A Unique Combatant to Slow Play
Golf ain’t about leisure no mo’.
That’s what I mumbled as I frantically tried to catch my breath while steaming up the 18th fairway in a desperate effort to maintain a rapid pace set by my fellow Speedgolf partners.
I had teed off at 6 a.m. with little expectation and even less stamina. I tapped in my final putt for bogey, or double-bogey, or whatever, at 7:07 a.m. My day had yet to begin, but I was finished.
We hear it all the time, “I just don’t have time for golf.”
Well, for those poor souls unable to carve out some personal time bonding with the links, I think I’ve found a solution. One that’s a win-win for your golf game and your physical conditioning.
The sport of Speedgolf is just what it sounds like; you play golf as fast as you can. It’s not for everyone and may even rub some purists the wrong way, but I’ve tried pretty much everything golf-related in my lifetime and this experience was unlike any other.
As I arrived on the first tee, with my entire bag like the newbie that I was, one of my playing partners suggested shedding a few pounds by removing a club or eight from the bag. Good call.
After a quick purge of the tool box, it was time to ask all the dumb questions and get the vital answers. I learned the bare bone basics:
- Two players tee off at once and everyone plays ready golf
- The flag stick always stays in the cup
- You’re encouraged to play at your own pace, although no one wants to be the straggler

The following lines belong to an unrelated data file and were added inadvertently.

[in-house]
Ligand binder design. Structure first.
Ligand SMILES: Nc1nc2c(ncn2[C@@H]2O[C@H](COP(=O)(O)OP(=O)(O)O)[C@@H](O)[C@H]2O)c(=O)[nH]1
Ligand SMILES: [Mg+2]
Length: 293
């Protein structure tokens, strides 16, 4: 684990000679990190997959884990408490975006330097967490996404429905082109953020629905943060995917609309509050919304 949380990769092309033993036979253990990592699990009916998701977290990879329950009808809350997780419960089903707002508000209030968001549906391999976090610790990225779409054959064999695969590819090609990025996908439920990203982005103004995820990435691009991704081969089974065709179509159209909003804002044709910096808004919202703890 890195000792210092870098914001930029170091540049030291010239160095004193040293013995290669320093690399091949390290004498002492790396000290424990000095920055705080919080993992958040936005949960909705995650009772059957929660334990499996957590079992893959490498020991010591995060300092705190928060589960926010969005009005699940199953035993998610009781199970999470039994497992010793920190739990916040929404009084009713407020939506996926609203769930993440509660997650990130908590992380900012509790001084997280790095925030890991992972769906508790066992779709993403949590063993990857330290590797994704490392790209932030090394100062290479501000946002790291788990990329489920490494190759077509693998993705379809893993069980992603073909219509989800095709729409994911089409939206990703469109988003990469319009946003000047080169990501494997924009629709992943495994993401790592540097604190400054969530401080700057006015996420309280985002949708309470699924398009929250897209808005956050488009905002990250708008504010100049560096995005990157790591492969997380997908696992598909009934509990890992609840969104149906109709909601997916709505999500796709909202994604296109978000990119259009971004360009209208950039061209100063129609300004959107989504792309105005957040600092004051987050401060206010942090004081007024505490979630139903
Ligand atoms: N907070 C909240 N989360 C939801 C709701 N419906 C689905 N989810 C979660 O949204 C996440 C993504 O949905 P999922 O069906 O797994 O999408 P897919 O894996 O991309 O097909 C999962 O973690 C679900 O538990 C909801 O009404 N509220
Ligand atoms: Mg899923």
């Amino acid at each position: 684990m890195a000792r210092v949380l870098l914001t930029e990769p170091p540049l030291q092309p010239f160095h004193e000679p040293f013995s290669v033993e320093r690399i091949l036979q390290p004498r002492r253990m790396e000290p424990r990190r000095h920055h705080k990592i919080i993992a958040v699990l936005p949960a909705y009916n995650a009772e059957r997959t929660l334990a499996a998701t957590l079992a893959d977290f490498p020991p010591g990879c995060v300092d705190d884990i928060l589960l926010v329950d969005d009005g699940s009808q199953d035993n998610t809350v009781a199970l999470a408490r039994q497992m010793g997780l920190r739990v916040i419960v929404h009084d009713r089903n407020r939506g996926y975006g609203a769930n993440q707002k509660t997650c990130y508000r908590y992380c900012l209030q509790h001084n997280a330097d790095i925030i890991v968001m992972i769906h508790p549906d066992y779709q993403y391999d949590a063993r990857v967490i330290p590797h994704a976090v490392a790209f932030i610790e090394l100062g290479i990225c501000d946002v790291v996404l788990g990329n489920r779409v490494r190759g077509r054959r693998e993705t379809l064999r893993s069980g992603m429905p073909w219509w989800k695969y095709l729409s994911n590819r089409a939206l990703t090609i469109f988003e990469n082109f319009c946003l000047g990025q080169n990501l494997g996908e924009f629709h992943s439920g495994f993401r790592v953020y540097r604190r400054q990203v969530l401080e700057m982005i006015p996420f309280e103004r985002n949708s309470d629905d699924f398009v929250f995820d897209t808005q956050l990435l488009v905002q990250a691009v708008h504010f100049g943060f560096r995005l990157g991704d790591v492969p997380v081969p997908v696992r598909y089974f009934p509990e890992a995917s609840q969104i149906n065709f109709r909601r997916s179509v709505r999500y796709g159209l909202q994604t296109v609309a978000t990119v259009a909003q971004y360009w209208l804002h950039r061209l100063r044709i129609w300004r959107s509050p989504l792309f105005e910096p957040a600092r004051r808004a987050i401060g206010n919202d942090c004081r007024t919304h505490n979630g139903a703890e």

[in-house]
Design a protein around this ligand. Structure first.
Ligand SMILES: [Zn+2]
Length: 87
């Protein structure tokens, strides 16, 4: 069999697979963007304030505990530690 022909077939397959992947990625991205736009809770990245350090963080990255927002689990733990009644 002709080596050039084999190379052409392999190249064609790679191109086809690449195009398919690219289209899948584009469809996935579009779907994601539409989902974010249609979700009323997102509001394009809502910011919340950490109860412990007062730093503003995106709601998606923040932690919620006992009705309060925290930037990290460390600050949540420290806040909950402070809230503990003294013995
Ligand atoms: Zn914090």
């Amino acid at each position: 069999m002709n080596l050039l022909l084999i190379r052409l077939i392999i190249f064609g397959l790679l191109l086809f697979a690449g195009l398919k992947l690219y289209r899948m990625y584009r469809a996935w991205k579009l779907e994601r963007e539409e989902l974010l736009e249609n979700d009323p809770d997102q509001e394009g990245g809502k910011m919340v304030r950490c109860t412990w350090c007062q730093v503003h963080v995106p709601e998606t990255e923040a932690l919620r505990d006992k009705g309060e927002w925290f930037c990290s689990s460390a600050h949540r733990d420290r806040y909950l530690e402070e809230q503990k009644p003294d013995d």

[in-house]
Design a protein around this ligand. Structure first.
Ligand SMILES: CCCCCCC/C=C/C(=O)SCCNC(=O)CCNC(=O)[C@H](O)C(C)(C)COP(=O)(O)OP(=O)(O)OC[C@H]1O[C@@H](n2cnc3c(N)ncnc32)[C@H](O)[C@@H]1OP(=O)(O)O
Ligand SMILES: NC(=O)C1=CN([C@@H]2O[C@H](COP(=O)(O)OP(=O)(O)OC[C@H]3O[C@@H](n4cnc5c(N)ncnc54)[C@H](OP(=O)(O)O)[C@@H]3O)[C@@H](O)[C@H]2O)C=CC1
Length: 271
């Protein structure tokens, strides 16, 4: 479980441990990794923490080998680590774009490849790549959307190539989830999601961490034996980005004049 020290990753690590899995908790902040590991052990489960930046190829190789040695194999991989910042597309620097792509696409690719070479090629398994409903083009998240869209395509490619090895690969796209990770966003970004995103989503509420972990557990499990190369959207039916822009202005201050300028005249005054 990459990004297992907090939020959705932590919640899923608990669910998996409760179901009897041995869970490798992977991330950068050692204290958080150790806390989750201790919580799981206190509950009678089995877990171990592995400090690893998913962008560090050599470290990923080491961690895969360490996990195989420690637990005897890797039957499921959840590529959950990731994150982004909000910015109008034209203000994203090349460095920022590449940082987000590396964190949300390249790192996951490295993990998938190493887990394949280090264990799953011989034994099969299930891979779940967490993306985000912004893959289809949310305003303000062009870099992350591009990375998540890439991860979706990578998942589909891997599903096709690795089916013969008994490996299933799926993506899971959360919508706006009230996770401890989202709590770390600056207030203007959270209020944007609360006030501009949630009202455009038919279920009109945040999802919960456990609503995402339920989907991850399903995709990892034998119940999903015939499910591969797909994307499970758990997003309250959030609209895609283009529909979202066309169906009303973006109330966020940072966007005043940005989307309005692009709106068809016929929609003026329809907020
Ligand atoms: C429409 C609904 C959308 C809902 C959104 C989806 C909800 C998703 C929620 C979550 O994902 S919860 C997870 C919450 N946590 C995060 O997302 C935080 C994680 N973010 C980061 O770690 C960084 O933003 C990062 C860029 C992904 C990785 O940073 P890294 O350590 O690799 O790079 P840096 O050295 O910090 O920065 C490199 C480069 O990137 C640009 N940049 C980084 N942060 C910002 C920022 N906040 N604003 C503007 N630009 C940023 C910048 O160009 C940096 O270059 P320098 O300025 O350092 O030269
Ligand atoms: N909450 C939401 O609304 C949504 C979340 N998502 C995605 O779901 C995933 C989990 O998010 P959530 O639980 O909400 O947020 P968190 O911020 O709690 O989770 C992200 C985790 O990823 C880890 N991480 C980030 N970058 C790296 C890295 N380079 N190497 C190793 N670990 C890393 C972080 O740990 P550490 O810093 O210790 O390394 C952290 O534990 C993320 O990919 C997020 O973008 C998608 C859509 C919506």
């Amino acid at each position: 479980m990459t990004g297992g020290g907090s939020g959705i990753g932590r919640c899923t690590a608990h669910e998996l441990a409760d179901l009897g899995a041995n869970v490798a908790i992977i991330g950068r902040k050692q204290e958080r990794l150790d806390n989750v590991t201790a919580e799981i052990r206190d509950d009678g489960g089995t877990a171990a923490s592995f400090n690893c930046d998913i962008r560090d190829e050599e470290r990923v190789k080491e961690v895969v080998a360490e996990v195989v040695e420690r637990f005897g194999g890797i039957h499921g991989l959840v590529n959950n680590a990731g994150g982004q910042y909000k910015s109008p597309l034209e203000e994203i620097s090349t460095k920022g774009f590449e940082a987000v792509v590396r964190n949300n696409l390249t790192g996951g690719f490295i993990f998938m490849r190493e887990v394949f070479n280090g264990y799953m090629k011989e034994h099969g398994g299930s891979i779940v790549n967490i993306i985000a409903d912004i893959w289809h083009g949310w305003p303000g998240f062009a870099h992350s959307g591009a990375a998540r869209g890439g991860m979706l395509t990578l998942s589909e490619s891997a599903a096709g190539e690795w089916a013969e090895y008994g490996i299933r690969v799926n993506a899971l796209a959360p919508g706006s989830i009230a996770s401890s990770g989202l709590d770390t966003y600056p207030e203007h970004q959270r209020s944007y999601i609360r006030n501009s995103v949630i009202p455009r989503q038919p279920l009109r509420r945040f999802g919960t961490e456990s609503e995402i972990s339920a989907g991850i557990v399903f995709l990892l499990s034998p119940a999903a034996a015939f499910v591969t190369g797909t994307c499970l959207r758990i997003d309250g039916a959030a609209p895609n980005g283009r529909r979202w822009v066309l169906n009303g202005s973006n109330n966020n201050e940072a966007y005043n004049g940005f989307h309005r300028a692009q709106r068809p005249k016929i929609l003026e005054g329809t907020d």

- Maximum of seven clubs in the bag, and no caddies allowed
The ensuing round was filled with inconsistency. Some shots were good, most were bad, but I was enjoying the dawn patrol sprint – oftentimes through the sprinklers.
I came to realize that the toughest aspect of the experience was not the physical but actually the mental side of the game. At such a frantic pace, first-time players like myself are thrown off at the inability to set up and focus in the same vain as during a normal round. It was a practice in adaptation. Add in the fatigue factor, and I was truly battling both the body and mind.
For the seasoned tournament Speedgolfer, like my three playing partners, there are two philosophies to the game. You either play with speed or play to score well.
A Speedgolf score is represented by two whole numbers, separated by a colon. The first number is the time (in minutes) it took to complete your round, plus your score. The second number represents the leftover seconds.
For example, by my half-baked calculations, I had 78 strokes (on a par 65) and it took me 67 minutes and 32 seconds to complete the round, so my score will be expressed as 145:32.
I obviously played with little speed, and also failed to score well.
For comparison’s sake, the current world record was established in October 2005 when Christopher Smith shot a 5-under par 65 in 44:06 for a score of 109:06 at a tournament in the Chicago Speedgolf Classic.
While the world record was certainly safe with us out on the course, the results were still clear: playing faster leads to increased fitness, greater imagination and ultimately, improved performance.
Speedgolf is growing, as leagues are sprouting throughout the country. Here in Los Angeles, a large contingent of players have been gathering in the wee hours of the morning to tear around our local courses.
If you’re interested in joining the madness, feel free to reach out to Garlin Smith at email@example.com. You can also get more information at speedgolfsocal.com.
I just have two tips: bring water and an open mind.
Golf was and is not meant to be a marathon event. Or a race to the finish. It could be at times for those who want that type of venue. But for the “older” mostly retired hacker that doesn’t fit either mentally or physically.
I liked the sign at Burnham and Berrow golf club (lots of blind shots over high sand dunes and a course where championships like the English amateur are played) that said “if you haven’t finished your round in three (3) hours you will be escorted off the course”. Mind you most games are two players.